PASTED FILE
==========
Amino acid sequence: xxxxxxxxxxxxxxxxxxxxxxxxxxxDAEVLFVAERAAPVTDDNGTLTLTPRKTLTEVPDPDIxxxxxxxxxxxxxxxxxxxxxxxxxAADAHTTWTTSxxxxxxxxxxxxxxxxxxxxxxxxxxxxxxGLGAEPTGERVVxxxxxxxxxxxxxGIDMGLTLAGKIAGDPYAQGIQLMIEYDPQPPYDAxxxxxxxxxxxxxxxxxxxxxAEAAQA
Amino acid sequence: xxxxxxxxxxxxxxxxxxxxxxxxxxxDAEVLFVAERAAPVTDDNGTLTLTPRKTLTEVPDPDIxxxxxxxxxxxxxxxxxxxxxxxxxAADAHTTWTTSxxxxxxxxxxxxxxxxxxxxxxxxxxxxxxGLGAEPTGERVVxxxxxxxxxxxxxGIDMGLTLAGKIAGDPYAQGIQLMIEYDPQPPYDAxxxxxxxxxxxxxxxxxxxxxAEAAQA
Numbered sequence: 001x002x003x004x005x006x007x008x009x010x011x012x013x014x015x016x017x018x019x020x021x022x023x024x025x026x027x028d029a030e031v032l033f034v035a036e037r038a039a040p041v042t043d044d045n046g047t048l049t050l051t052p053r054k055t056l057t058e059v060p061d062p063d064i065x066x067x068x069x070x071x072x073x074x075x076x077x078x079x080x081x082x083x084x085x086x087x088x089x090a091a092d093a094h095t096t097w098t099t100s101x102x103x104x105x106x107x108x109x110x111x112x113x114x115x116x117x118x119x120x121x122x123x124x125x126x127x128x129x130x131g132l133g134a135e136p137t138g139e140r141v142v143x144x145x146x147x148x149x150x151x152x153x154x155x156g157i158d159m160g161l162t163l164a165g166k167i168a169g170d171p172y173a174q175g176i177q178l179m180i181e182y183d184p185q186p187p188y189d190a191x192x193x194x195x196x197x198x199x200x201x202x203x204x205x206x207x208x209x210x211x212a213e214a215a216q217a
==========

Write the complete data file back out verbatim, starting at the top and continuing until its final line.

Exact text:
Amino acid sequence: xxxxxxxxxxxxxxxxxxxxxxxxxxxDAEVLFVAERAAPVTDDNGTLTLTPRKTLTEVPDPDIxxxxxxxxxxxxxxxxxxxxxxxxxAADAHTTWTTSxxxxxxxxxxxxxxxxxxxxxxxxxxxxxxGLGAEPTGERVVxxxxxxxxxxxxxGIDMGLTLAGKIAGDPYAQGIQLMIEYDPQPPYDAxxxxxxxxxxxxxxxxxxxxxAEAAQA
Amino acid sequence: xxxxxxxxxxxxxxxxxxxxxxxxxxxDAEVLFVAERAAPVTDDNGTLTLTPRKTLTEVPDPDIxxxxxxxxxxxxxxxxxxxxxxxxxAADAHTTWTTSxxxxxxxxxxxxxxxxxxxxxxxxxxxxxxGLGAEPTGERVVxxxxxxxxxxxxxGIDMGLTLAGKIAGDPYAQGIQLMIEYDPQPPYDAxxxxxxxxxxxxxxxxxxxxxAEAAQA
Numbered sequence: 001x002x003x004x005x006x007x008x009x010x011x012x013x014x015x016x017x018x019x020x021x022x023x024x025x026x027x028d029a030e031v032l033f034v035a036e037r038a039a040p041v042t043d044d045n046g047t048l049t050l051t052p053r054k055t056l057t058e059v060p061d062p063d064i065x066x067x068x069x070x071x072x073x074x075x076x077x078x079x080x081x082x083x084x085x086x087x088x089x090a091a092d093a094h095t096t097w098t099t100s101x102x103x104x105x106x107x108x109x110x111x112x113x114x115x116x117x118x119x120x121x122x123x124x125x126x127x128x129x130x131g132l133g134a135e136p137t138g139e140r141v142v143x144x145x146x147x148x149x150x151x152x153x154x155x156g157i158d159m160g161l162t163l164a165g166k167i168a169g170d171p172y173a174q175g176i177q178l179m180i181e182y183d184p185q186p187p188y189d190a191x192x193x194x195x196x197x198x199x200x201x202x203x204x205x206x207x208x209x210x211x212a213e214a215a216q217a